JUnit 4, which came out in 2006, was the first update in five years that JUnit received, but at the time of writing, its adoption is still quite marginal, as most Java projects are still using JUnit 3.
 Unless specified otherwise, the term JUnit used throughout this book refers to JUnit 3.
 Certain programming languages such as C# or Eiffel offer mechanisms that make this observation irrelevant. Unfortunately, Java doesn’t have any similar feature, and we are therefore forced to follow this suggestion, which has a tendency to make Java classes much more verbose than they could be.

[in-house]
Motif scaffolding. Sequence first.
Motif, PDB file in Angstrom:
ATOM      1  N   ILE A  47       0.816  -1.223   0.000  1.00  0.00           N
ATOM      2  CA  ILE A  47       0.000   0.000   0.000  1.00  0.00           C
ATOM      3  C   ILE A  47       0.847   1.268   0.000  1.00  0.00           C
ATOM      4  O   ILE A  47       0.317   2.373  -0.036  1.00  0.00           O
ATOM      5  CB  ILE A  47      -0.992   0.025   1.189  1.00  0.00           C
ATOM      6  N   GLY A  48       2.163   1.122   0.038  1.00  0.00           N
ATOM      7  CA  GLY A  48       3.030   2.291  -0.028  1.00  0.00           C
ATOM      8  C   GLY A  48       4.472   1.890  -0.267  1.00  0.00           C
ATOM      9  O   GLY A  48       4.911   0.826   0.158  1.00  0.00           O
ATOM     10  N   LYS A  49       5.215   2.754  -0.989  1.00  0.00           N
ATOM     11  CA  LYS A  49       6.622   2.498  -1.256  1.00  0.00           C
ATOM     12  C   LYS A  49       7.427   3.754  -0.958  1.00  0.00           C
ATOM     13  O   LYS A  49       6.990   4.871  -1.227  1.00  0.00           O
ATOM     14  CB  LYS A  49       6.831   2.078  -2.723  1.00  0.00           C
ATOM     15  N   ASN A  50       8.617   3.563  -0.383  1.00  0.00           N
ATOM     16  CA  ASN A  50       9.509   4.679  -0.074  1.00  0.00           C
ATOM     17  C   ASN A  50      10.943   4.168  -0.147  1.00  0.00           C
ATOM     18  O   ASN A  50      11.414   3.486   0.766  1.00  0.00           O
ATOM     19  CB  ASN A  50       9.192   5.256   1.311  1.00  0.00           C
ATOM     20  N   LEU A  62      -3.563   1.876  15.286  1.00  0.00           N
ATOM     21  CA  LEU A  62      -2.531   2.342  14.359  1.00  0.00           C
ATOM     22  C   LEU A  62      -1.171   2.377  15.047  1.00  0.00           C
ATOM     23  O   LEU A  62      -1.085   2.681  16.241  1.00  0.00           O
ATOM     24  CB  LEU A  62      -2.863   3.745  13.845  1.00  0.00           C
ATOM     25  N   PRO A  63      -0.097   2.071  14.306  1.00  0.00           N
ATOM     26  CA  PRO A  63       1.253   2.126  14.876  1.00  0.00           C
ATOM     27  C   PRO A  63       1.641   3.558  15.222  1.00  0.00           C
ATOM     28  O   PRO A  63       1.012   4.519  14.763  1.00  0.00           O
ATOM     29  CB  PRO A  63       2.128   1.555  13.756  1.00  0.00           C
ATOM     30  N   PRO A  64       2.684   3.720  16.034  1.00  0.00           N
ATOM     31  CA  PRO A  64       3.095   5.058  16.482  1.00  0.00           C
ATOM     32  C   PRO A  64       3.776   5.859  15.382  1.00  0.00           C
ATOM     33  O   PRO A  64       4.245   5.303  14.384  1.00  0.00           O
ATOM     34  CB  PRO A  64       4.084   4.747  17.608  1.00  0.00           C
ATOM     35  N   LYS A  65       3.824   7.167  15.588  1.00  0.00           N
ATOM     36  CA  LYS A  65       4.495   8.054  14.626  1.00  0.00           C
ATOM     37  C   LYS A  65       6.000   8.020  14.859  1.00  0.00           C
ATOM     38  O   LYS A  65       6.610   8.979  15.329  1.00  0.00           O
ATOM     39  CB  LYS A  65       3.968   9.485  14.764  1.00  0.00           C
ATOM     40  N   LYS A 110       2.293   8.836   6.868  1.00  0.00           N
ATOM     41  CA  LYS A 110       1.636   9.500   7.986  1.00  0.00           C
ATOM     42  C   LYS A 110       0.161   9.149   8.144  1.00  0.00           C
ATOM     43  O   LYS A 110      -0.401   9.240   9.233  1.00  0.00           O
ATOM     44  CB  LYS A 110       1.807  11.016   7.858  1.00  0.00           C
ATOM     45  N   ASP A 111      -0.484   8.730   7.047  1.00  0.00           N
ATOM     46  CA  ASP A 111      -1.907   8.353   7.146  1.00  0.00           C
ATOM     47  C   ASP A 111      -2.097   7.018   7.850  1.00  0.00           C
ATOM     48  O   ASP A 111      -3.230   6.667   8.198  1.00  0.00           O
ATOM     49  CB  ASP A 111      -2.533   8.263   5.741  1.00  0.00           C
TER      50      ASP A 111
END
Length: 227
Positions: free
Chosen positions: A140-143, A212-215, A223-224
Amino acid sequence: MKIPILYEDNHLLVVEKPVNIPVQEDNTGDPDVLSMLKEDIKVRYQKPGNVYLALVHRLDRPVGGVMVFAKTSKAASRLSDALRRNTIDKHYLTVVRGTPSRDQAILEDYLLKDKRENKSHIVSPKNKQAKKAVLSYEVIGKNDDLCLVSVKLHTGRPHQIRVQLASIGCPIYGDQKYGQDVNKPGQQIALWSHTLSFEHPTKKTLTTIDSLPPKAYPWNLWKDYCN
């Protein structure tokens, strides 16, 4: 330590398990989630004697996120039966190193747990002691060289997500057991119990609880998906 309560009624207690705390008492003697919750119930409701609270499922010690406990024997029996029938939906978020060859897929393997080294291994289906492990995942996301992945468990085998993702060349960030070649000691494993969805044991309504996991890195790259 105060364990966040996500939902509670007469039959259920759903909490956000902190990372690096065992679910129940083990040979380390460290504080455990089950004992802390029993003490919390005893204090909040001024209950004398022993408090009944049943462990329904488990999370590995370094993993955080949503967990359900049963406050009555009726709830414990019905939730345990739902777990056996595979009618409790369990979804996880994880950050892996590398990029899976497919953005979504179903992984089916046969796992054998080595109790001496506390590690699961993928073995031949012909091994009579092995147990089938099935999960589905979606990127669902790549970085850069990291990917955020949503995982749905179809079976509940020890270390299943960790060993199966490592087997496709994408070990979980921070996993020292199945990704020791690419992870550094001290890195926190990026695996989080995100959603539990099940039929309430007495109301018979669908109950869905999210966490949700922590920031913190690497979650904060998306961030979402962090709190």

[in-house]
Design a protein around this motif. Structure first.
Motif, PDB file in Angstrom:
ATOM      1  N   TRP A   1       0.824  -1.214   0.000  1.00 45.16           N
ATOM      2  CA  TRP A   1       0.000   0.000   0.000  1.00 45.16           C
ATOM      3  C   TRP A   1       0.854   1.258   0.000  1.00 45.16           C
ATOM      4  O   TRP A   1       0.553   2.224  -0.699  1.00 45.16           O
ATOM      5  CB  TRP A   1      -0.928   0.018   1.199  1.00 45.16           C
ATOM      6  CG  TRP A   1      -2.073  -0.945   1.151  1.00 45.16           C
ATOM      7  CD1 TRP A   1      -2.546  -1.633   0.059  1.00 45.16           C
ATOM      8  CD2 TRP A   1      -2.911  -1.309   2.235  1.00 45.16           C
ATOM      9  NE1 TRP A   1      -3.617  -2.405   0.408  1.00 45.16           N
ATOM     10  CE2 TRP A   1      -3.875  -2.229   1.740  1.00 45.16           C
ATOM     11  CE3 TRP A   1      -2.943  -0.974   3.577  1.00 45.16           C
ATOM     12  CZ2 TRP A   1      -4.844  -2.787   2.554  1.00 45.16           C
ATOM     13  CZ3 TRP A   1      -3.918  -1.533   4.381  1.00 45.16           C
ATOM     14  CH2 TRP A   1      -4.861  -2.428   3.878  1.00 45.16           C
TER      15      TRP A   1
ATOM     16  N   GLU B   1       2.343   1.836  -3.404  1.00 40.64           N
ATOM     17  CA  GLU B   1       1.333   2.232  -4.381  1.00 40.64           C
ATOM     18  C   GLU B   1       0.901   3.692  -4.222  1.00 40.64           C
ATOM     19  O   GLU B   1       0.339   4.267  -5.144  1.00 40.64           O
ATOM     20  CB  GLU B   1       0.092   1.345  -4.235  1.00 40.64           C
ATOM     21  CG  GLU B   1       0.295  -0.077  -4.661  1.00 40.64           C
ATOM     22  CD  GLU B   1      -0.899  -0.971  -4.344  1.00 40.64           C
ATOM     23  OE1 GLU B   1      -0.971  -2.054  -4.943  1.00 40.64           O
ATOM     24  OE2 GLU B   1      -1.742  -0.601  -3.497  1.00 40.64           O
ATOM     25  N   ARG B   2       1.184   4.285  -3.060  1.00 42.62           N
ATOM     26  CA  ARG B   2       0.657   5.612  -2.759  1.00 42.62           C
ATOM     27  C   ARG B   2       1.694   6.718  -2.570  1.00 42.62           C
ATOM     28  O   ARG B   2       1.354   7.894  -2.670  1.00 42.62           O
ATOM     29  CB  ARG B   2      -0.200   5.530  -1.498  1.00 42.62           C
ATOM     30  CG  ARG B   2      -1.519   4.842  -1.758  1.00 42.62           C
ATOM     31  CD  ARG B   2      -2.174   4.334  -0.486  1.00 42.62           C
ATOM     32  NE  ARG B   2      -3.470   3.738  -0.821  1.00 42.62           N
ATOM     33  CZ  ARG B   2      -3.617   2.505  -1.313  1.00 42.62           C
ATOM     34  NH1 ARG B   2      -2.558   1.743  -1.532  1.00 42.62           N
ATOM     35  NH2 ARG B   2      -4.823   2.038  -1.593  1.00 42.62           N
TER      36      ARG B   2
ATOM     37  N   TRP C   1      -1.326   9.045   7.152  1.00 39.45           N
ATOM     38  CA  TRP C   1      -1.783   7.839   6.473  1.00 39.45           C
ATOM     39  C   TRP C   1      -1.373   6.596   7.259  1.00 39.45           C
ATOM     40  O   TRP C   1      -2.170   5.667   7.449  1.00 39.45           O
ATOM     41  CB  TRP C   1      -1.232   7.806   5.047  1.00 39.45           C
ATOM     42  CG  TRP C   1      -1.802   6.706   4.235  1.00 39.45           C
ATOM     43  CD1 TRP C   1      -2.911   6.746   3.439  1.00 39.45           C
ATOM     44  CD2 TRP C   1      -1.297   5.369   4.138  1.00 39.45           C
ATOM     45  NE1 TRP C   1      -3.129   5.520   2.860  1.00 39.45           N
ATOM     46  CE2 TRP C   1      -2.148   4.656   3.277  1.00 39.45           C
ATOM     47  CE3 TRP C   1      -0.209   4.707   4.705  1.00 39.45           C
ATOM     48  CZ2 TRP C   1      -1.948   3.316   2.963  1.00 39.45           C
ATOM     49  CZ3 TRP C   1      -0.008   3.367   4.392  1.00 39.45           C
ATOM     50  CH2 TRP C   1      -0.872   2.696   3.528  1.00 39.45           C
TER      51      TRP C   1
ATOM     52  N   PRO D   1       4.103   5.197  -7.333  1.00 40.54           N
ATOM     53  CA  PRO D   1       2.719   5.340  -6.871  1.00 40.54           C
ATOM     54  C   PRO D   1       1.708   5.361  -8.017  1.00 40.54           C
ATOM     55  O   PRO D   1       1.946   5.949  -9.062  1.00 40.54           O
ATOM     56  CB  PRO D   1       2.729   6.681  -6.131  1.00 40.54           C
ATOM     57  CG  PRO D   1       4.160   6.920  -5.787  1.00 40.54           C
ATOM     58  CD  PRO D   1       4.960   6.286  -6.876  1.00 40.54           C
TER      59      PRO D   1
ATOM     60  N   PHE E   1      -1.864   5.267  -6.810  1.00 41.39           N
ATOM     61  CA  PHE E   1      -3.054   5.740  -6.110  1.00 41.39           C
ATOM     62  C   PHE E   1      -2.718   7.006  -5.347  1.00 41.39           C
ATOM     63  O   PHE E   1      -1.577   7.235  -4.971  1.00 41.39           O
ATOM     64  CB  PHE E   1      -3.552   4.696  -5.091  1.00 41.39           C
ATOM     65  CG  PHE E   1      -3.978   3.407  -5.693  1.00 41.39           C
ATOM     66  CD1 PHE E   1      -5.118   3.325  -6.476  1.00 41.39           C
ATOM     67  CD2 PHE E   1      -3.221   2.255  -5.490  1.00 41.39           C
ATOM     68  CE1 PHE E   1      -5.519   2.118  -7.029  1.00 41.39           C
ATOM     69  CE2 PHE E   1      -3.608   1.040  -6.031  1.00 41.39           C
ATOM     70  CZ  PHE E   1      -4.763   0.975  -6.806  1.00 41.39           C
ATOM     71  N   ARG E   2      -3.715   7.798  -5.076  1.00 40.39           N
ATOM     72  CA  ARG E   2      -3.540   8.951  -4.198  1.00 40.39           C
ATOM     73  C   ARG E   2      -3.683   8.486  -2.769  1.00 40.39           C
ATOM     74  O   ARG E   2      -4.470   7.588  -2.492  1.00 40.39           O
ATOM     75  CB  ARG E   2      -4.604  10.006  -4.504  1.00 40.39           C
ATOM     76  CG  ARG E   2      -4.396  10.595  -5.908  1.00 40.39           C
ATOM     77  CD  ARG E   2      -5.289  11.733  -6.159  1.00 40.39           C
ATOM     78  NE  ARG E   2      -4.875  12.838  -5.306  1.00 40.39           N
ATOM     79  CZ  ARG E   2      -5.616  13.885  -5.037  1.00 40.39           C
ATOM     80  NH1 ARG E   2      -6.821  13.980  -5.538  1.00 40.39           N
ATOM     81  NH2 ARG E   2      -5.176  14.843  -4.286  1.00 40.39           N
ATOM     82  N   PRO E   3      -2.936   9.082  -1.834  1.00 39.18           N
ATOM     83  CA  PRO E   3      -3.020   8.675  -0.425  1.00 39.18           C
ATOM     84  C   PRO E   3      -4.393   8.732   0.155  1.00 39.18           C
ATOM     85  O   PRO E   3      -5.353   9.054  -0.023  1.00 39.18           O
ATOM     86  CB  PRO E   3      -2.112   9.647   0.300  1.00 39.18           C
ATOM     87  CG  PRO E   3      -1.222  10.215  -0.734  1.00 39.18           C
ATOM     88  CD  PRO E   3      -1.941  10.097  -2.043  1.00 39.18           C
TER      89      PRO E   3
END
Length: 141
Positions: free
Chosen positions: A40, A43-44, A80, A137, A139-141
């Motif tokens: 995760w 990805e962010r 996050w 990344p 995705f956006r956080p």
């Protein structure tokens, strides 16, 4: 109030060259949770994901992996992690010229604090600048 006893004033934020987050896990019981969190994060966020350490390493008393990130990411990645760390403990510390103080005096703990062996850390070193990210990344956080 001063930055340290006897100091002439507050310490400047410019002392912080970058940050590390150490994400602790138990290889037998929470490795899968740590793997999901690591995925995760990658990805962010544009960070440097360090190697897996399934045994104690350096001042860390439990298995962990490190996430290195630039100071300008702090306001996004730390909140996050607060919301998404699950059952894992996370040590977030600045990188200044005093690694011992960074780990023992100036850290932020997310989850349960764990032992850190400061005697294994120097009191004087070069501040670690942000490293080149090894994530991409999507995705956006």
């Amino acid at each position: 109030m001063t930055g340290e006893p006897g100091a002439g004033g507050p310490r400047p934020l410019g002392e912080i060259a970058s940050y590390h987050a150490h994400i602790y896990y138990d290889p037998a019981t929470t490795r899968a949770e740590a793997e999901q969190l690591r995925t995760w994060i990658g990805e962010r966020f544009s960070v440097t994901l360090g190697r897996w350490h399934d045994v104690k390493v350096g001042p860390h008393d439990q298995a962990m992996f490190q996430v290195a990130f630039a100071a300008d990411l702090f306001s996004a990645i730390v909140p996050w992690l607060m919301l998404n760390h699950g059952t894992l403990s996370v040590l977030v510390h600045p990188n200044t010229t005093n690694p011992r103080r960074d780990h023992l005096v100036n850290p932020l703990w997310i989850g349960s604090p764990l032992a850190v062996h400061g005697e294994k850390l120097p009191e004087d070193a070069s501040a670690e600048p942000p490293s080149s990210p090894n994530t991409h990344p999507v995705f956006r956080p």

Even this simple rule of thumb can be argued in many ways. For example, many programmers tend to stay away from protected ...